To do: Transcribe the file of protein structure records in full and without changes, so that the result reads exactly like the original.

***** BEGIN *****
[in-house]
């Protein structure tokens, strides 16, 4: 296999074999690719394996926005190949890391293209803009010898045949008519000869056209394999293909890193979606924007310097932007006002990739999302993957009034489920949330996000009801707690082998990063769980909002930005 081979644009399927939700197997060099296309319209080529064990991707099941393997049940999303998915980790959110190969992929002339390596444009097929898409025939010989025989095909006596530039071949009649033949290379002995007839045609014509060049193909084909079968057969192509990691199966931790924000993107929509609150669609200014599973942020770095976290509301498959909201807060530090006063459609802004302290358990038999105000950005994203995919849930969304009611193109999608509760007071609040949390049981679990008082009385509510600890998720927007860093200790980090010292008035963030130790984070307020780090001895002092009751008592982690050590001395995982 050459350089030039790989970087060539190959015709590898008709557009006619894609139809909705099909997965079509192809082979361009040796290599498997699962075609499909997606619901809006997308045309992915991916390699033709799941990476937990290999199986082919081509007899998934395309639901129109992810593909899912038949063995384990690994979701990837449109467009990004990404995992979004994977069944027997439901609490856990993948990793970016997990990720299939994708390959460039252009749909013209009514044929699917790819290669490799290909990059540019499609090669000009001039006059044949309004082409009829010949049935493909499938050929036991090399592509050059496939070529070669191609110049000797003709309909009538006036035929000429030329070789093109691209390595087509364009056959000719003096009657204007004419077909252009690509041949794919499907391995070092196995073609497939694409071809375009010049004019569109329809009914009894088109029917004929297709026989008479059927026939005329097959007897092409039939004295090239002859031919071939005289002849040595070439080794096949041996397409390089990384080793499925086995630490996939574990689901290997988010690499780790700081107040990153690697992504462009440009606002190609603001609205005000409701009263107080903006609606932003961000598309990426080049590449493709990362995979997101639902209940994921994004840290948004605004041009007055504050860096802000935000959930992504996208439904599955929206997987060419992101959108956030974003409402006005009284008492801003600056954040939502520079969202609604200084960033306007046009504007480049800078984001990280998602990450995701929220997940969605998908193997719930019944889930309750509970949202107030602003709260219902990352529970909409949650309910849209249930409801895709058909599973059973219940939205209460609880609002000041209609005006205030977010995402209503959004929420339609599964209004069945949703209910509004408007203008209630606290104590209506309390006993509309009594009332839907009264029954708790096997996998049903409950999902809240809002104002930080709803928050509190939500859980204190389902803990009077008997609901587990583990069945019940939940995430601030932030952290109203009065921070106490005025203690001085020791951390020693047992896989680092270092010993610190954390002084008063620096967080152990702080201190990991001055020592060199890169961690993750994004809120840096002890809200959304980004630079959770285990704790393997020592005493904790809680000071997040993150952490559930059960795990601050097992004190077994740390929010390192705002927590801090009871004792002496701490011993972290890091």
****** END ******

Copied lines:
[in-house]
């Protein structure tokens, strides 16, 4: 296999074999690719394996926005190949890391293209803009010898045949008519000869056209394999293909890193979606924007310097932007006002990739999302993957009034489920949330996000009801707690082998990063769980909002930005 081979644009399927939700197997060099296309319209080529064990991707099941393997049940999303998915980790959110190969992929002339390596444009097929898409025939010989025989095909006596530039071949009649033949290379002995007839045609014509060049193909084909079968057969192509990691199966931790924000993107929509609150669609200014599973942020770095976290509301498959909201807060530090006063459609802004302290358990038999105000950005994203995919849930969304009611193109999608509760007071609040949390049981679990008082009385509510600890998720927007860093200790980090010292008035963030130790984070307020780090001895002092009751008592982690050590001395995982 050459350089030039790989970087060539190959015709590898008709557009006619894609139809909705099909997965079509192809082979361009040796290599498997699962075609499909997606619901809006997308045309992915991916390699033709799941990476937990290999199986082919081509007899998934395309639901129109992810593909899912038949063995384990690994979701990837449109467009990004990404995992979004994977069944027997439901609490856990993948990793970016997990990720299939994708390959460039252009749909013209009514044929699917790819290669490799290909990059540019499609090669000009001039006059044949309004082409009829010949049935493909499938050929036991090399592509050059496939070529070669191609110049000797003709309909009538006036035929000429030329070789093109691209390595087509364009056959000719003096009657204007004419077909252009690509041949794919499907391995070092196995073609497939694409071809375009010049004019569109329809009914009894088109029917004929297709026989008479059927026939005329097959007897092409039939004295090239002859031919071939005289002849040595070439080794096949041996397409390089990384080793499925086995630490996939574990689901290997988010690499780790700081107040990153690697992504462009440009606002190609603001609205005000409701009263107080903006609606932003961000598309990426080049590449493709990362995979997101639902209940994921994004840290948004605004041009007055504050860096802000935000959930992504996208439904599955929206997987060419992101959108956030974003409402006005009284008492801003600056954040939502520079969202609604200084960033306007046009504007480049800078984001990280998602990450995701929220997940969605998908193997719930019944889930309750509970949202107030602003709260219902990352529970909409949650309910849209249930409801895709058909599973059973219940939205209460609880609002000041209609005006205030977010995402209503959004929420339609599964209004069945949703209910509004408007203008209630606290104590209506309390006993509309009594009332839907009264029954708790096997996998049903409950999902809240809002104002930080709803928050509190939500859980204190389902803990009077008997609901587990583990069945019940939940995430601030932030952290109203009065921070106490005025203690001085020791951390020693047992896989680092270092010993610190954390002084008063620096967080152990702080201190990991001055020592060199890169961690993750994004809120840096002890809200959304980004630079959770285990704790393997020592005493904790809680000071997040993150952490559930059960795990601050097992004190077994740390929010390192705002927590801090009871004792002496701490011993972290890091």